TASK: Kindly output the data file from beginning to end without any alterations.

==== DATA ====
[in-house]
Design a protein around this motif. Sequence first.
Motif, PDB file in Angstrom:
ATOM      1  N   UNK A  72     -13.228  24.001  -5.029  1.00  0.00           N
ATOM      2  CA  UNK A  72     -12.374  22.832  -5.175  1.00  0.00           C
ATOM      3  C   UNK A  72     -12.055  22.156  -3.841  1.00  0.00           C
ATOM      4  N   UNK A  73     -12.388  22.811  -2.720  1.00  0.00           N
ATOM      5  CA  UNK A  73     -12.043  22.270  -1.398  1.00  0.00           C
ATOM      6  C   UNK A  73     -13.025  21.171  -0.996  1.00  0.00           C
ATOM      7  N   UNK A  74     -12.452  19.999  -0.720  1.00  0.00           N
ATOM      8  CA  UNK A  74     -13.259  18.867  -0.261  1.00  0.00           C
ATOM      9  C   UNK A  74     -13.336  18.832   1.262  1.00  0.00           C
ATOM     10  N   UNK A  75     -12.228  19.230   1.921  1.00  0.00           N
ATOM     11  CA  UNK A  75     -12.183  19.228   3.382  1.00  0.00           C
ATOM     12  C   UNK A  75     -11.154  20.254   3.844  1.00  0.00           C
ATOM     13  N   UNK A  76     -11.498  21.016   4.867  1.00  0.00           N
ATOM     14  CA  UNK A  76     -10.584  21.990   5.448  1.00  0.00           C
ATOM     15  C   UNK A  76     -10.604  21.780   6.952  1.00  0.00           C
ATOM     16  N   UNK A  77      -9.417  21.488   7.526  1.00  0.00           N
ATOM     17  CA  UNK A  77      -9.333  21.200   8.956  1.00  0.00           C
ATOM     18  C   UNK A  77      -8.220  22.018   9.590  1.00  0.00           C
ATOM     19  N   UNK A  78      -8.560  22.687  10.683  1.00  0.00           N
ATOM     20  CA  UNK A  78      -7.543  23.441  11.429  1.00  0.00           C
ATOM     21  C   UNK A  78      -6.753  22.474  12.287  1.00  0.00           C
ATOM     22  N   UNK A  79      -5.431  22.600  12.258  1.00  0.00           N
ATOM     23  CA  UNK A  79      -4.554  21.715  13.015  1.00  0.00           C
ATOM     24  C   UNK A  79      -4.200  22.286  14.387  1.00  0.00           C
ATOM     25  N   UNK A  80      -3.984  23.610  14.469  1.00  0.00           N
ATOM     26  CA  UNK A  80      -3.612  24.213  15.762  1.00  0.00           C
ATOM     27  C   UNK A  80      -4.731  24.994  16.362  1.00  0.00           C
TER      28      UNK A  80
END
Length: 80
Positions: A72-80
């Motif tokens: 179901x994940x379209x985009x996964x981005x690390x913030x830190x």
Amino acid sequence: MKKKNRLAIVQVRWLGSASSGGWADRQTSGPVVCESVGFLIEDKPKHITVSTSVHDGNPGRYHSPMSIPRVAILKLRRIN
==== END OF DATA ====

[in-house]
Design a protein around this motif. Sequence first.
Motif, PDB file in Angstrom:
ATOM      1  N   UNK A  72     -13.228  24.001  -5.029  1.00  0.00           N
ATOM      2  CA  UNK A  72     -12.374  22.832  -5.175  1.00  0.00           C
ATOM      3  C   UNK A  72     -12.055  22.156  -3.841  1.00  0.00           C
ATOM      4  N   UNK A  73     -12.388  22.811  -2.720  1.00  0.00           N
ATOM      5  CA  UNK A  73     -12.043  22.270  -1.398  1.00  0.00           C
ATOM      6  C   UNK A  73     -13.025  21.171  -0.996  1.00  0.00           C
ATOM      7  N   UNK A  74     -12.452  19.999  -0.720  1.00  0.00           N
ATOM      8  CA  UNK A  74     -13.259  18.867  -0.261  1.00  0.00           C
ATOM      9  C   UNK A  74     -13.336  18.832   1.262  1.00  0.00           C
ATOM     10  N   UNK A  75     -12.228  19.230   1.921  1.00  0.00           N
ATOM     11  CA  UNK A  75     -12.183  19.228   3.382  1.00  0.00           C
ATOM     12  C   UNK A  75     -11.154  20.254   3.844  1.00  0.00           C
ATOM     13  N   UNK A  76     -11.498  21.016   4.867  1.00  0.00           N
ATOM     14  CA  UNK A  76     -10.584  21.990   5.448  1.00  0.00           C
ATOM     15  C   UNK A  76     -10.604  21.780   6.952  1.00  0.00           C
ATOM     16  N   UNK A  77      -9.417  21.488   7.526  1.00  0.00           N
ATOM     17  CA  UNK A  77      -9.333  21.200   8.956  1.00  0.00           C
ATOM     18  C   UNK A  77      -8.220  22.018   9.590  1.00  0.00           C
ATOM     19  N   UNK A  78      -8.560  22.687  10.683  1.00  0.00           N
ATOM     20  CA  UNK A  78      -7.543  23.441  11.429  1.00  0.00           C
ATOM     21  C   UNK A  78      -6.753  22.474  12.287  1.00  0.00           C
ATOM     22  N   UNK A  79      -5.431  22.600  12.258  1.00  0.00           N
ATOM     23  CA  UNK A  79      -4.554  21.715  13.015  1.00  0.00           C
ATOM     24  C   UNK A  79      -4.200  22.286  14.387  1.00  0.00           C
ATOM     25  N   UNK A  80      -3.984  23.610  14.469  1.00  0.00           N
ATOM     26  CA  UNK A  80      -3.612  24.213  15.762  1.00  0.00           C
ATOM     27  C   UNK A  80      -4.731  24.994  16.362  1.00  0.00           C
TER      28      UNK A  80
END
Length: 80
Positions: A72-80
């Motif tokens: 179901x994940x379209x985009x996964x981005x690390x913030x830190x």
Amino acid sequence: MKKKNRLAIVQVRWLGSASSGGWADRQTSGPVVCESVGFLIEDKPKHITVSTSVHDGNPGRYHSPMSIPRVAILKLRRIN